Relating this back to the original post, if you’re up-front about what commands are relevant to the game, this isn’t an issue. Not to mention that for this example, in TADS and Inform you’d just implement the trunk as an openable container and players could open it and stick items in it to their heart’s content.

Plenty of people have tried to do that sort of thing (at least on small scales). Invariably it just pisses players off when the insulting messages wind up firing for commands that the player believes to be perfectly reasonable. Not to mention that if you’re going to put that much effort into fleshing out your game, you could probably store much more narrative-relevant states than how stupid you think the player is.

Hmm. Maybe. But I still like the idea of somehow communicating in-game what kind of thing is expected from the player …

I guess my worry is what happens in the first location – I can easily imagine someone getting frustrated and saying, “What am I supposed to be doing?” – when the answer is, “as much or as little as you like; and when you have finished exploring the options here, continue down the path”.

For this particular game, “ask about (topic)” would be much more suitable than conversation menus.


One easy method you could use at first is to have the game do things that require a response from the player. So often a game has its intro text and then the player is put in a static room. If instead the game prompted the player to do things, either through an NPC or some environmental action, that could give the player an idea of what they were to do in an otherwise open-ended environment. The trick would be to taper the prompting gradually so in a short amount of time the player was both on their own and armed with the knowledge they would need of how the game works. In a more linear or railroady game you could of course keep up the prompting for a much longer amount of time.

Exactly. Menu-based games can help you solve such problems.

It’s a decision the author himself has to make whether to base his game on a parser or multiple-choice interface. Each one has its advantages and disadvantages. I think it depends on what kind of game you want to design. If you feel fine with command-based stuff and think that this is the right thing for your game then do it. Try to communicate your kind of game to player in the best way. Or if you feel better with CYOA then do this instead. Nobody forces you to do use development tools which you don’t feel comfortable with.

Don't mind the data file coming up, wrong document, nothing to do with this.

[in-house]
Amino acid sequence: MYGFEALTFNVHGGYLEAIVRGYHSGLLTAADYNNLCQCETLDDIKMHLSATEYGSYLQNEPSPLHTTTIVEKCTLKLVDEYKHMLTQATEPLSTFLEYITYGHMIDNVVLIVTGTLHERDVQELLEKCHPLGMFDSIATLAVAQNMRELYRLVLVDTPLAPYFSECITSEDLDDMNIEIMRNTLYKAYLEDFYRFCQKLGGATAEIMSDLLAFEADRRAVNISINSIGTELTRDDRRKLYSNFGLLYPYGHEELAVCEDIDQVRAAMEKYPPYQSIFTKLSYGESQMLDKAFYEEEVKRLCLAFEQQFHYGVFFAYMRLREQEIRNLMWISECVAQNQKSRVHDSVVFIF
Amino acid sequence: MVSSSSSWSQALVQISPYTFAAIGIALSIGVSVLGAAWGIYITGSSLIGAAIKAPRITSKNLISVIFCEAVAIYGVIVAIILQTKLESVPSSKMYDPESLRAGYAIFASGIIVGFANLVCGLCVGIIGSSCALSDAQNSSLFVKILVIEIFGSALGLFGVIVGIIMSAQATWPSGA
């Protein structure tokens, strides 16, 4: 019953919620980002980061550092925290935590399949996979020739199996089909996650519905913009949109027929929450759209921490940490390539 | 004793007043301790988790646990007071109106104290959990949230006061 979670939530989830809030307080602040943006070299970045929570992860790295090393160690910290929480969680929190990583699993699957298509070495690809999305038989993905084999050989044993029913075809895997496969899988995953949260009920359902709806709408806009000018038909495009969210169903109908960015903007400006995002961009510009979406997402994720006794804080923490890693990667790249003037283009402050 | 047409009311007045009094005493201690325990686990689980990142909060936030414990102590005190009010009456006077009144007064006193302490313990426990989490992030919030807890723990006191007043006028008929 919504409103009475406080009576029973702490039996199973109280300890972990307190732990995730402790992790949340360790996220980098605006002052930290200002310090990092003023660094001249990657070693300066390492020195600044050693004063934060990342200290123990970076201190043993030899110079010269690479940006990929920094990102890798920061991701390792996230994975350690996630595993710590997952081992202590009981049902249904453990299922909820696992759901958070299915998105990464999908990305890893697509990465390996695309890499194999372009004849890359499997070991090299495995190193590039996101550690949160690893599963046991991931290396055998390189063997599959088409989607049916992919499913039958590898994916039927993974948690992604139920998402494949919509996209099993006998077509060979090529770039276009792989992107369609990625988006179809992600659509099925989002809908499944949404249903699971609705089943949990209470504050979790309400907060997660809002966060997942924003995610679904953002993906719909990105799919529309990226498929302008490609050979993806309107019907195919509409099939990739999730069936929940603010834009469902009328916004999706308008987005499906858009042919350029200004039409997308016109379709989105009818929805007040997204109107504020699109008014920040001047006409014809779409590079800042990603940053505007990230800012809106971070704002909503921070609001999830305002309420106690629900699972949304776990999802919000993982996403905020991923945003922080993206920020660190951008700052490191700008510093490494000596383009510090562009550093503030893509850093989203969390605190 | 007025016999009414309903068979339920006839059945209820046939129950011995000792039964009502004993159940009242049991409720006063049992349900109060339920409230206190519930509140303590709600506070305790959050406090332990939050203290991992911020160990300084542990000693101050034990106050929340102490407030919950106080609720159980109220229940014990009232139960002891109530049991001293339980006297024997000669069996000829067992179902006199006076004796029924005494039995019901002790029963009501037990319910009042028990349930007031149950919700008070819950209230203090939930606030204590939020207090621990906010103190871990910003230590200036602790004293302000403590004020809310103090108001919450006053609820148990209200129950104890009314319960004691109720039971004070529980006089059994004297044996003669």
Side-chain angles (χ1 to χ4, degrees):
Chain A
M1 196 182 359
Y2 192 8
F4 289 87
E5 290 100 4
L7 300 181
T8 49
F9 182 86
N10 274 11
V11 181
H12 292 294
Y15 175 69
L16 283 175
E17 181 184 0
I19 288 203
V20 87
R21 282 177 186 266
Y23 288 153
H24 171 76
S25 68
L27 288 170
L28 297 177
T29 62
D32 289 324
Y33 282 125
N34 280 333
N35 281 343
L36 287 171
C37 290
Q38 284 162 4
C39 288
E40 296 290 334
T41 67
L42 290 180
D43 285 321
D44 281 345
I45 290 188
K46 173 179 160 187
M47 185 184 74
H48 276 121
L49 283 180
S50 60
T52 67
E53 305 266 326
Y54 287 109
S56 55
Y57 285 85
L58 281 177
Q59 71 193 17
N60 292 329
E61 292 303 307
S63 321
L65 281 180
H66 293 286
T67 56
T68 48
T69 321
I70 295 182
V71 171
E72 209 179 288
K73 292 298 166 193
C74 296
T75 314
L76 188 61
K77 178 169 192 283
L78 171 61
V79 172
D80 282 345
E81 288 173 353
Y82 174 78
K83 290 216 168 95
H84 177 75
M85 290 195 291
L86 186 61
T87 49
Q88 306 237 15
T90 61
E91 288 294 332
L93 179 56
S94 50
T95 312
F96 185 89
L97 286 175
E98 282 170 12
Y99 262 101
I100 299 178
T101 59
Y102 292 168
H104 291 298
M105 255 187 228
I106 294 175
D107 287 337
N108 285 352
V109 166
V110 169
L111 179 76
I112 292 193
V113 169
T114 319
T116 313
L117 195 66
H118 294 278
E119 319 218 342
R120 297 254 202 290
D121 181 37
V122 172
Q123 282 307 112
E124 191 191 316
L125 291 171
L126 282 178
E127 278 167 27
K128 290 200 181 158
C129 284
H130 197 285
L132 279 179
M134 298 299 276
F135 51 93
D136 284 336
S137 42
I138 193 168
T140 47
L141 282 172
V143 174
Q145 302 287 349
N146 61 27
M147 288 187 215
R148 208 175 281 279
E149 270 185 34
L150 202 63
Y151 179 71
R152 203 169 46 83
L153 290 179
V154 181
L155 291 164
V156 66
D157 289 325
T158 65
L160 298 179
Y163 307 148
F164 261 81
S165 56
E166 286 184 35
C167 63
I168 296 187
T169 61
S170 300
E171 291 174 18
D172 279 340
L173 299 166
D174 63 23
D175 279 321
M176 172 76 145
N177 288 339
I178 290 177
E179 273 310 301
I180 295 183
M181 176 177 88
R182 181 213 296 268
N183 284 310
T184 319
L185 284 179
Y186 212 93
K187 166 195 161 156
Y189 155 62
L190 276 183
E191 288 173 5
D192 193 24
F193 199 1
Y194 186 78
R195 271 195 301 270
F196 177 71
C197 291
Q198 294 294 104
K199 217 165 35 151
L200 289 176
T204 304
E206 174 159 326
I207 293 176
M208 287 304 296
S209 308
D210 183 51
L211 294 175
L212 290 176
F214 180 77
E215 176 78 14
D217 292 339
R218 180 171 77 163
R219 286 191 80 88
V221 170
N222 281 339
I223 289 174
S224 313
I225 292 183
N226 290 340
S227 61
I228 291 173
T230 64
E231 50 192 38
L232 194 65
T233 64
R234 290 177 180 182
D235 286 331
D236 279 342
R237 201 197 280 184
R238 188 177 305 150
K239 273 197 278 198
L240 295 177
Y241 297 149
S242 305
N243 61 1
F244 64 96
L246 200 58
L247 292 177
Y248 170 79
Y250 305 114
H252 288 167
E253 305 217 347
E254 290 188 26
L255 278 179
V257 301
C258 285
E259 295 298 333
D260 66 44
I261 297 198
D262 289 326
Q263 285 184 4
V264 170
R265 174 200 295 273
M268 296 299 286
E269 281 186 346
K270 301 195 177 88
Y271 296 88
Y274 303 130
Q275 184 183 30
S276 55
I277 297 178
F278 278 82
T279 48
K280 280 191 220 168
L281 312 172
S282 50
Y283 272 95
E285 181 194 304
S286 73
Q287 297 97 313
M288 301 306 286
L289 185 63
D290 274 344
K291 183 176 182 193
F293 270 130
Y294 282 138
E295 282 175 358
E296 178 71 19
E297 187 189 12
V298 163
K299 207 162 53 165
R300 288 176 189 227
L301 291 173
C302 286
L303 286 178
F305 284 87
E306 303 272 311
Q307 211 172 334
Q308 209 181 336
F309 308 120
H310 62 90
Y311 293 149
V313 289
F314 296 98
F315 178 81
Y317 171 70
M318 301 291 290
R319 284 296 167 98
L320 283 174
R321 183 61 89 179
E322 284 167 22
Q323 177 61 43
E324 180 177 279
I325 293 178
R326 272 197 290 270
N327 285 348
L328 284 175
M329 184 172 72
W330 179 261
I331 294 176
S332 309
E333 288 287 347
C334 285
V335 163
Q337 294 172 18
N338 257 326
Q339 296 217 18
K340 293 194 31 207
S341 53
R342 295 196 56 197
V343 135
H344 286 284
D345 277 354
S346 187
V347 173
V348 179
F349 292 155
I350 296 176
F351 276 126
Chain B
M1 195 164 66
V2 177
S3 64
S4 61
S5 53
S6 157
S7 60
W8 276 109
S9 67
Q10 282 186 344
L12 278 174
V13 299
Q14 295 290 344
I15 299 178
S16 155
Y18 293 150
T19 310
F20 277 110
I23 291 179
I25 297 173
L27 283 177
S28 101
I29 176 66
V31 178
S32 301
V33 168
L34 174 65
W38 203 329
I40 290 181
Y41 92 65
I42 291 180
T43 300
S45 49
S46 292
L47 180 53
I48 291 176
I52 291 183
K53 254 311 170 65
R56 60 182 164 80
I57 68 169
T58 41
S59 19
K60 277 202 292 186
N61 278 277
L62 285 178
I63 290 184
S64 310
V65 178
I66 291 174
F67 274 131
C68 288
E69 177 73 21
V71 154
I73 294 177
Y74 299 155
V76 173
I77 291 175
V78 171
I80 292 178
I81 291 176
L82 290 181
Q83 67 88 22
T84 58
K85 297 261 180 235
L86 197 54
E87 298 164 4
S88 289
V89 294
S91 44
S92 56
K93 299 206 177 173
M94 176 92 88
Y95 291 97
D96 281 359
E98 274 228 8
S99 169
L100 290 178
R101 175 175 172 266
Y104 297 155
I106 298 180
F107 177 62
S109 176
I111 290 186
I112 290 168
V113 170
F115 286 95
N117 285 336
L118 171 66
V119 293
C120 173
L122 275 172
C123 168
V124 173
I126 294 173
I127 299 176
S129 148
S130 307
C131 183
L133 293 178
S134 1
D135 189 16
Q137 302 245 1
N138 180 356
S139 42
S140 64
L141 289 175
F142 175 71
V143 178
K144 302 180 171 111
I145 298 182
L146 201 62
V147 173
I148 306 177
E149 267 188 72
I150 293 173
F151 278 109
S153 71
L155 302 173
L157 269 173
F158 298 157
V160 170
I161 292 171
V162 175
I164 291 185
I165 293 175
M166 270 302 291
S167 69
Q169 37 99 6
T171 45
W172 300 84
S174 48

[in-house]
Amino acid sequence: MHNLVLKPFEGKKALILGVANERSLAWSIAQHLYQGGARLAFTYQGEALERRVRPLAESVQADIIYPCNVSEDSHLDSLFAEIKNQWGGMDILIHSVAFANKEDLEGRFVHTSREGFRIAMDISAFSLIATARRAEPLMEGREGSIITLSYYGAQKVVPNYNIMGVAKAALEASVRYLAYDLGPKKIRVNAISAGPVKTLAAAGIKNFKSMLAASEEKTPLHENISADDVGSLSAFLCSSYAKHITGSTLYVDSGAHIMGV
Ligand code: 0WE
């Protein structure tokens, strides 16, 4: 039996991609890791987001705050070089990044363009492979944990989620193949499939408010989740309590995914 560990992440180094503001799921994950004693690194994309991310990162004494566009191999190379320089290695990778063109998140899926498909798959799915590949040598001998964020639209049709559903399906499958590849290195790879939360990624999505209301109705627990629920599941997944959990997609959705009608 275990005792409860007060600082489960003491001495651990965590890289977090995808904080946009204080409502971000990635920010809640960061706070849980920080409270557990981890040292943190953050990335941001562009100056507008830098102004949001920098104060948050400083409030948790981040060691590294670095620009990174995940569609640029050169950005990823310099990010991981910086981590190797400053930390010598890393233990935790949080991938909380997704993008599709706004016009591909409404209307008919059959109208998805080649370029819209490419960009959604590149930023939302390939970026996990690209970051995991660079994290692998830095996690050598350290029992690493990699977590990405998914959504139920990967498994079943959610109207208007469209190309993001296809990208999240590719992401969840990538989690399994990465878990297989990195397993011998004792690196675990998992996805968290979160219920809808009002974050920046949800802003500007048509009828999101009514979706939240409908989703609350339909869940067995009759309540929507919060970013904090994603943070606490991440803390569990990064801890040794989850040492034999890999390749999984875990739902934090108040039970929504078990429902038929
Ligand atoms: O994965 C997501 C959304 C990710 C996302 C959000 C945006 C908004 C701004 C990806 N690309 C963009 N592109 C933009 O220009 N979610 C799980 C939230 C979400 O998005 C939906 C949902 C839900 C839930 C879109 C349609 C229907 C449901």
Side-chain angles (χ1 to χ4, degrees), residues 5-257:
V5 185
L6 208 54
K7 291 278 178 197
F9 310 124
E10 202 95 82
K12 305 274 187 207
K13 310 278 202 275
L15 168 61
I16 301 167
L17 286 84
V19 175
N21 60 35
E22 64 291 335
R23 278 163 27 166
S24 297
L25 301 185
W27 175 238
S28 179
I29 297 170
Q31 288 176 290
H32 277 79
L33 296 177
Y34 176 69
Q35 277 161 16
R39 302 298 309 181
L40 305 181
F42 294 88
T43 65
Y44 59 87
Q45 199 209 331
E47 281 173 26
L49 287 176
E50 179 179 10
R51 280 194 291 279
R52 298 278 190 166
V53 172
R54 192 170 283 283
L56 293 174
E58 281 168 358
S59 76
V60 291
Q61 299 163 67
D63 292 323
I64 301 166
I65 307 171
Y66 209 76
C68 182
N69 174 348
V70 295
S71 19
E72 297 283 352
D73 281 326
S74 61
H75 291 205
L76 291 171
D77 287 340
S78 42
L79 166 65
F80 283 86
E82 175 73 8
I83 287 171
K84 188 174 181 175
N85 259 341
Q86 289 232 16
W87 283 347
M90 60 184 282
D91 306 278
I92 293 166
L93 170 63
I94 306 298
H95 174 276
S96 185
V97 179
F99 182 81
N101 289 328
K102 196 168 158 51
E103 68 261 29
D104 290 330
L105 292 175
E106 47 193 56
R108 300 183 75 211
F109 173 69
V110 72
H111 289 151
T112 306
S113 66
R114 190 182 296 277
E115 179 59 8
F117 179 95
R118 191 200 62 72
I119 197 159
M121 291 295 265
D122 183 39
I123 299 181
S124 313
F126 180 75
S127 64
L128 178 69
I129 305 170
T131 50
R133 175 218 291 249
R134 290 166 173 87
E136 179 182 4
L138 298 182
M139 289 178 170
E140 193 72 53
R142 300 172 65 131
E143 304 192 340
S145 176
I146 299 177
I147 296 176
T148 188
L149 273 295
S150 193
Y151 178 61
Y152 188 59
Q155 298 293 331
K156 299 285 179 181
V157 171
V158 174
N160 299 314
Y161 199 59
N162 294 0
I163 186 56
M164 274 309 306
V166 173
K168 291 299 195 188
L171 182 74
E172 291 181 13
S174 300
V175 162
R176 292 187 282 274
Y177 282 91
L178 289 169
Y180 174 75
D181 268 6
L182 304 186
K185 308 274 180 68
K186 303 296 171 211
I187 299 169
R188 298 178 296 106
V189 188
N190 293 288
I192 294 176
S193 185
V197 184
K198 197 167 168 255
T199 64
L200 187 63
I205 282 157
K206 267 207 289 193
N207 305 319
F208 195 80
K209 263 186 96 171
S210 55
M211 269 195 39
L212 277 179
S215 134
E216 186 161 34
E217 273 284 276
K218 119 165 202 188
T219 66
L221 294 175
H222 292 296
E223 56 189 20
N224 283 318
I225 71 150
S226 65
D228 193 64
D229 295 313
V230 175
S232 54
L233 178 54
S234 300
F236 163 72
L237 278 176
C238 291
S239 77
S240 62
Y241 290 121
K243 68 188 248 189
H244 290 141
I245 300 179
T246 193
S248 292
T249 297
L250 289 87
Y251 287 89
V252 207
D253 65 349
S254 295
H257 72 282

Wait, that’s an assumption I cannot stand by now, because I know nothing or very little about David Fisher’s project at this point.

Is the development of this game already in progress or hasn’t it started yet? Which phase is it currently in - planning/conception, coding, beta-testing?

If it’s at the end of coding phase or in beta-testing phase then I agree with you that the author shouldn’t switch engines.

Hmm… did I really say it was the “function” of the conversation system? I don’t think so. What I really meant was the complexity of the conversation. Sorry for the confusion. My english is not perfect. I can express myself better in german.

That’s why I said I won’t do it. I only meant it would be funny seeing someone else creating this “insult the player” IF type. Who knows, maybe if a decent author wrote a game like that it could become a success. But I won’t risk myself, because I’m new to this community and I haven’t published enough IF games yet that I could afford these kind of experiments.

Perhaps a respected person in the IF community could write this type of game. I imagine it would recieve better reception from the IF community than if it was made by an unknown developer. But I’m just guessing.

However, don’t get me wrong. I’m a person who loves to experiment with new ideas and think out-of-the-box. That’s why I code my own CYOA/multiple-choice interpreter, because I believe that there’s still room for experimentation and creation of new game concepts in that subgenre. And I like to be one of those to represent it.

I think there is no rigidness like in the popular parser-based IF genre where certain rules had already been established by the community over the last 10 to 20 years which authors today are not allowed to break unless they want to piss off players and get megaloads of bad reviews, as you pointed out.

Sometimes I tend to call parser-based textadventures “mainstream IF” and CYOA/menu-based ones “underground IF”. And as you know - no matter which industry (movies, games, music) we are talking about - there always was and is more freedom of experimentation in the underground than in the mainstream. The mainstream creates a single rule which works and sticks to it. The underground is independent and can change its “face” more often without suffering consequences.

So I would present such games as “indie/underground IF games”.